trip report by site editor Rick McCharles
Day 2: Sankaber-Gich (3600 m), 5-6 hrs walking
I couldn’t sleep.
My stomach, not perfect on arrival for this adventure, was getting worse.
At midnight I rushed to the filthy toilet with diarrhea.
At about 2am I awoke suddenly, urgent to vomit outside the door of my tent.
Disgusting. But I was too sick and tired to worry about it until daylight.
Early morning the thick-billed ravens squawked around my tent … eating the vomit. It was entirely cleaned up by the time I finally got up.
These birds are the biggest and noisiest ravens I’ve ever seen, unique to this region. They mostly travel in male/female pairs.
Breakfast is normally a highlight of these guided camping trips. But I couldn’t eat today. As a test I forced down coffee and a couple of bites of scrambled egg.
Our gear would ride horseback today. A mob of mule drivers crowded around, hoping they would get work.
There’s a maximum weight / horse. 45kg or thereabouts.
Back to the impressive escarpment walk. Amazing views.
Joshua is smiling here, but his stomach was getting worse by the minute. He and I had eaten fish the evening before. We speculated that it was the fish that made us both sick. Why were we eating fish at 3000m in a land that has little refrigeration?
The vegetation seemed to get more interesting the higher we climbed.
We tried resting at the waterfall lookout, but Josh was getting sicker. He spoke, for the first time, of possible quitting the hike. Not only was his stomach bad, but he was feeling symptoms of altitude sickness.
Climbing back up to the road, we discussed our options. With an interested local audience.
Camp tonight was much higher (3600m) and much more remote. If we continued and Josh was to get sicker, there was no road escape route.
We could try descending and see if he improved, but if we waited too long, there may be no vehicles heading back down this afternoon.
There are a few tourists jeeps each day. And these local people movers.
Finally one of those heading down arrived. Josh made the decision. Hopped up into the truck, paying an absurd $30 for the ride back down to Dabark. Happily one of the hiking guides was in the truck. He promised to get Josh to the mini-bus station and all the way back to Gondar.
It was the correct decision. But it wasn’t easy for Nadine to continue without her husband.
I felt Josh was decided, determined and rational when he scrambled up into the truck.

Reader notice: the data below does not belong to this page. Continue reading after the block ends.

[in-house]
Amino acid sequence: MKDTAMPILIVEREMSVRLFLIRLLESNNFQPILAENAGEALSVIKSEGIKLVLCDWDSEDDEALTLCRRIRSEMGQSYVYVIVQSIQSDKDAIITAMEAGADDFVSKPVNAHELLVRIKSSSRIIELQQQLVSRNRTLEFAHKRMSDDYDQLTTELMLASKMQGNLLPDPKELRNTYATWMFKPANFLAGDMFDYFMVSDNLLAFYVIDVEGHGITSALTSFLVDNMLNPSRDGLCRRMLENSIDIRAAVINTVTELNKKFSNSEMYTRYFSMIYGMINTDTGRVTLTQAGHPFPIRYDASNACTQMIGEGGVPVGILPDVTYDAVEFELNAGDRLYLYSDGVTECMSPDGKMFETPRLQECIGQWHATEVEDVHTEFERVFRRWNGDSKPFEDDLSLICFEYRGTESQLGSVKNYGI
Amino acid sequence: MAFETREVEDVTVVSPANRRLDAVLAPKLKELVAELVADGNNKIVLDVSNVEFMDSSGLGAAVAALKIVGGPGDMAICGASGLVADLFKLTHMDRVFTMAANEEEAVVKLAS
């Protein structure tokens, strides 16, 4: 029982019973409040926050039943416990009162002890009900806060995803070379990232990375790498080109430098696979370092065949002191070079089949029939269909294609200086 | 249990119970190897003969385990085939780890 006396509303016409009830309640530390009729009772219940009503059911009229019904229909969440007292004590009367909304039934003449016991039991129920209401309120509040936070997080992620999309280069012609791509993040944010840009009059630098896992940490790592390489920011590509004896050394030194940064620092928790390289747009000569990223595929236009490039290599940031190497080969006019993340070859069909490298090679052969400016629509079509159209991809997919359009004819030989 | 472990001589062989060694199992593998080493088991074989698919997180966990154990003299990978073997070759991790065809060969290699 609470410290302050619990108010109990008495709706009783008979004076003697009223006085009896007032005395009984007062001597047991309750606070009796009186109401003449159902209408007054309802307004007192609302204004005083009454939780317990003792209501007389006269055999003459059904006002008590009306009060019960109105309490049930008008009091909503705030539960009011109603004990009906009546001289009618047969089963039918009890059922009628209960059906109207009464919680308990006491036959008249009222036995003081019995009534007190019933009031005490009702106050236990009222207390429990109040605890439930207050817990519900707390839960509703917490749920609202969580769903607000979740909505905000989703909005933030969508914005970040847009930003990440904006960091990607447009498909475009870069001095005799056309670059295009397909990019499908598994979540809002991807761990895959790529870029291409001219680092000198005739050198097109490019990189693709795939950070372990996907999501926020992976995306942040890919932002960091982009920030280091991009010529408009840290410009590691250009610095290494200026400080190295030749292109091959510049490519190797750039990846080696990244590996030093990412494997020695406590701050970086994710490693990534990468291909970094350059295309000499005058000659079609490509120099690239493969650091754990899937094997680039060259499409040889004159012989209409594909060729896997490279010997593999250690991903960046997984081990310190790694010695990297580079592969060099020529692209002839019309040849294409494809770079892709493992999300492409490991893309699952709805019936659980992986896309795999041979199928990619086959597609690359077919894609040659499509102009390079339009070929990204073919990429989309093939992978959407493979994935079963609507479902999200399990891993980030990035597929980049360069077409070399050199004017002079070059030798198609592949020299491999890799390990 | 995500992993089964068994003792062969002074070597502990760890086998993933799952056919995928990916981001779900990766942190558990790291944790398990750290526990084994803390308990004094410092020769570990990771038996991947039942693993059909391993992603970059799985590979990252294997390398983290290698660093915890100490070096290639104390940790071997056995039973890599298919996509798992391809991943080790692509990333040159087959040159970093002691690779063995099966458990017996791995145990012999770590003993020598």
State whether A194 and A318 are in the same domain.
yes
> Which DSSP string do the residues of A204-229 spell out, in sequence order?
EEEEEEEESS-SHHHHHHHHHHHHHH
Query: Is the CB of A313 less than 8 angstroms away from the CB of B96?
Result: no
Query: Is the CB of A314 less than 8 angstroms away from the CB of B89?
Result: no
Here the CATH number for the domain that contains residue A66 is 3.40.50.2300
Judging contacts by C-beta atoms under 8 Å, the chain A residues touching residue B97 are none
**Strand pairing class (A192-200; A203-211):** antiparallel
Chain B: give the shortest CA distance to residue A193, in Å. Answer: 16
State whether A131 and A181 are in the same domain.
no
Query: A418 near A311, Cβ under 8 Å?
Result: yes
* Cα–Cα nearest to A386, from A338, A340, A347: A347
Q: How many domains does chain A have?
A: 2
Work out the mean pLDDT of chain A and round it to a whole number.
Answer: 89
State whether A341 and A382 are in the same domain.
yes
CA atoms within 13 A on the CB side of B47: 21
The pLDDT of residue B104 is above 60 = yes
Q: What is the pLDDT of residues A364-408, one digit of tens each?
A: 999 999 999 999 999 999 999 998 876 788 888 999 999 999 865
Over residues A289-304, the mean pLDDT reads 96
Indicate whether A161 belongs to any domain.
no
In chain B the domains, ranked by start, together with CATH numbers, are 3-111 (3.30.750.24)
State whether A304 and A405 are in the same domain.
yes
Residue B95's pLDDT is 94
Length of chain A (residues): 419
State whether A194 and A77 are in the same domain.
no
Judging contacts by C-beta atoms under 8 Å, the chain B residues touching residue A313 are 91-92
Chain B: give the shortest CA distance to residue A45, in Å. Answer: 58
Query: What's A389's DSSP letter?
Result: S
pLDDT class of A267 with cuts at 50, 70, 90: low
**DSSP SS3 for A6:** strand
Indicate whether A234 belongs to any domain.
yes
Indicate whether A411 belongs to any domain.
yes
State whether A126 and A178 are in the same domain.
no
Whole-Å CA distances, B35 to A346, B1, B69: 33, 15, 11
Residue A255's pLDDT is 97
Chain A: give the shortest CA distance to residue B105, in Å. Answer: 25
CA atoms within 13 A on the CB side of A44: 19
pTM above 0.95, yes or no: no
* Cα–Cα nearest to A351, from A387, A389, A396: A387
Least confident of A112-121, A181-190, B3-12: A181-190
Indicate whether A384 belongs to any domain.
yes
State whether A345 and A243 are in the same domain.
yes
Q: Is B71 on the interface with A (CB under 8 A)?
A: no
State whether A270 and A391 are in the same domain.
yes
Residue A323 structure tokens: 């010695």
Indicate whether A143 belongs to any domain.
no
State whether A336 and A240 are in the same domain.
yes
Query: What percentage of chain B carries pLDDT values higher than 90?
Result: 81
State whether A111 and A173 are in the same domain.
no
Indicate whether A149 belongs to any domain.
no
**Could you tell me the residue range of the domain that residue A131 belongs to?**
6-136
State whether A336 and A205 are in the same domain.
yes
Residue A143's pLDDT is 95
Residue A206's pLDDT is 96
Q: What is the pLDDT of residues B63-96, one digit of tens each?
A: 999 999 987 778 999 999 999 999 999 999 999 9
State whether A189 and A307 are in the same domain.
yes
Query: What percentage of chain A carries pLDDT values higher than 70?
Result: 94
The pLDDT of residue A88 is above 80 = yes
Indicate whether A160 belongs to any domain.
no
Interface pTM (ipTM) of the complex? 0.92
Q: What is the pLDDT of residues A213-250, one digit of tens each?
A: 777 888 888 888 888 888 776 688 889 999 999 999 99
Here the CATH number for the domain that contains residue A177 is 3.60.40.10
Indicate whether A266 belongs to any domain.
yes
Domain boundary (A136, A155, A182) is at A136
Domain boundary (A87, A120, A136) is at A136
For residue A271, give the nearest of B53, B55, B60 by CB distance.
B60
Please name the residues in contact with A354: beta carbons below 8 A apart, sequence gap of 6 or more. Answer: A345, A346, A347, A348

Later we learned he couldn’t even remember departing. His mind was confused all the way back to Debarq where he was detained for riding illegally in the truck! 😦
Luckily he was finally allowed to take a cab the 2 hours back to Gondar, all the minibuses having departed.
At lunch we were visited by hungry goats.
Baboons live here in conflict with local farmers.
Farmers grow barley. And it was being harvested. Geladas like to eat barley. Each field has a child who’s job it is to chase away baboons.
This lovely Muslim village has 1200 people.
Our scout, Adim, lives here. So he greeted most everyone we met.
My stomach at this point was 90% OK. I’d eaten almost nothing all day. But I was very tired. It was a huge relief when we finally made camp.
I only wanted to lie down for a nap.
But as I dropped my pack, Paul ran over and said: “What are you doing? The Ethiopian wolf is here.”
We rushed to look.
The Ethiopian wolf is native to the Ethiopian Highlands. It is similar to the coyote in size and build …
Unlike most large canids, which are widespread, generalist feeders, the Ethiopian wolf is a highly specialised feeder of Afroalpine rodents with very specific habitat requirements. It is one of the world’s rarest canids, and Africa’s most endangered carnivore. …
Only about 400 survive in 7 different mountain ranges, perhaps 90 in Simien.
Instead of climbing up to the famed sunset viewpoint with Nadine, I crashed in my tent for an hour.
Africa sunsets are the best anywhere, however. I forced myself to get up with my camera.
Nadine got the BIG views up high.
I ate almost nothing for dinner. Went to bed immediately. The indoor campfire was too smokey.